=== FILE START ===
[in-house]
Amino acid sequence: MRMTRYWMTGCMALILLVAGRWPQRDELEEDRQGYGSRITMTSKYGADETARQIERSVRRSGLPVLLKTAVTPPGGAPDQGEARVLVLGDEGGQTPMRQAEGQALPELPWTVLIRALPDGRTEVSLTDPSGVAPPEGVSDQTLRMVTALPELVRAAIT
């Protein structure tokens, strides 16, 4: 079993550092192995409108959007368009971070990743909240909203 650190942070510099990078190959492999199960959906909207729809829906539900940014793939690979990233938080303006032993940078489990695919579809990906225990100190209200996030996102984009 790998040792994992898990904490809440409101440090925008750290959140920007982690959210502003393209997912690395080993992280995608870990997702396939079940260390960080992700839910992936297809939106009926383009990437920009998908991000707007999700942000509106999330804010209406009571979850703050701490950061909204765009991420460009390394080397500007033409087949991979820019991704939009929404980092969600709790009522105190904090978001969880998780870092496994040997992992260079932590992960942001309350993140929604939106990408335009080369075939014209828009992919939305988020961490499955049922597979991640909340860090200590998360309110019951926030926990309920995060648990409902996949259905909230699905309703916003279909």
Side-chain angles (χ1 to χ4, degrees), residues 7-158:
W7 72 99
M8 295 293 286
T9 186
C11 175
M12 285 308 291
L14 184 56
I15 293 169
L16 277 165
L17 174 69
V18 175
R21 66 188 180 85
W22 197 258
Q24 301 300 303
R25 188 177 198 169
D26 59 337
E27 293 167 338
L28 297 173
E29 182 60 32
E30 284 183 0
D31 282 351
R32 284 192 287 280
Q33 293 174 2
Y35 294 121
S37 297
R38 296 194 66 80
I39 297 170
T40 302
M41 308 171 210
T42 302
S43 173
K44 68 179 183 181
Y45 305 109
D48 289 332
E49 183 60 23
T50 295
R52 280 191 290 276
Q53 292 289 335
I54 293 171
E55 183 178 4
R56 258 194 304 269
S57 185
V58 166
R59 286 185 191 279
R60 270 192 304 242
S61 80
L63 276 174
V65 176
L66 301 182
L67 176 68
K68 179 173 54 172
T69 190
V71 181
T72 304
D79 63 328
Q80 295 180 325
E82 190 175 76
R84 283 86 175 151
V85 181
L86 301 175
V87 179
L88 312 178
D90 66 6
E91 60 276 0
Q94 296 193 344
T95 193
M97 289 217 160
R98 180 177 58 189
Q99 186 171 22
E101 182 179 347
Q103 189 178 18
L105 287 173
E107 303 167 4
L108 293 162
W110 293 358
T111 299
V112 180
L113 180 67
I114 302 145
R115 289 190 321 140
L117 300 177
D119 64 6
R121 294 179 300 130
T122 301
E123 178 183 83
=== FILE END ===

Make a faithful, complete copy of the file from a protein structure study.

[in-house]
Amino acid sequence: MRMTRYWMTGCMALILLVAGRWPQRDELEEDRQGYGSRITMTSKYGADETARQIERSVRRSGLPVLLKTAVTPPGGAPDQGEARVLVLGDEGGQTPMRQAEGQALPELPWTVLIRALPDGRTEVSLTDPSGVAPPEGVSDQTLRMVTALPELVRAAIT
């Protein structure tokens, strides 16, 4: 079993550092192995409108959007368009971070990743909240909203 650190942070510099990078190959492999199960959906909207729809829906539900940014793939690979990233938080303006032993940078489990695919579809990906225990100190209200996030996102984009 790998040792994992898990904490809440409101440090925008750290959140920007982690959210502003393209997912690395080993992280995608870990997702396939079940260390960080992700839910992936297809939106009926383009990437920009998908991000707007999700942000509106999330804010209406009571979850703050701490950061909204765009991420460009390394080397500007033409087949991979820019991704939009929404980092969600709790009522105190904090978001969880998780870092496994040997992992260079932590992960942001309350993140929604939106990408335009080369075939014209828009992919939305988020961490499955049922597979991640909340860090200590998360309110019951926030926990309920995060648990409902996949259905909230699905309703916003279909």
Side-chain angles (χ1 to χ4, degrees), residues 7-158:
W7 72 99
M8 295 293 286
T9 186
C11 175
M12 285 308 291
L14 184 56
I15 293 169
L16 277 165
L17 174 69
V18 175
R21 66 188 180 85
W22 197 258
Q24 301 300 303
R25 188 177 198 169
D26 59 337
E27 293 167 338
L28 297 173
E29 182 60 32
E30 284 183 0
D31 282 351
R32 284 192 287 280
Q33 293 174 2
Y35 294 121
S37 297
R38 296 194 66 80
I39 297 170
T40 302
M41 308 171 210
T42 302
S43 173
K44 68 179 183 181
Y45 305 109
D48 289 332
E49 183 60 23
T50 295
R52 280 191 290 276
Q53 292 289 335
I54 293 171
E55 183 178 4
R56 258 194 304 269
S57 185
V58 166
R59 286 185 191 279
R60 270 192 304 242
S61 80
L63 276 174
V65 176
L66 301 182
L67 176 68
K68 179 173 54 172
T69 190
V71 181
T72 304
D79 63 328
Q80 295 180 325
E82 190 175 76
R84 283 86 175 151
V85 181
L86 301 175
V87 179
L88 312 178
D90 66 6
E91 60 276 0
Q94 296 193 344
T95 193
M97 289 217 160
R98 180 177 58 189
Q99 186 171 22
E101 182 179 347
Q103 189 178 18
L105 287 173
E107 303 167 4
L108 293 162
W110 293 358
T111 299
V112 180
L113 180 67
I114 302 145
R115 289 190 321 140
L117 300 177
D119 64 6
R121 294 179 300 130
T122 301
E123 178 183 83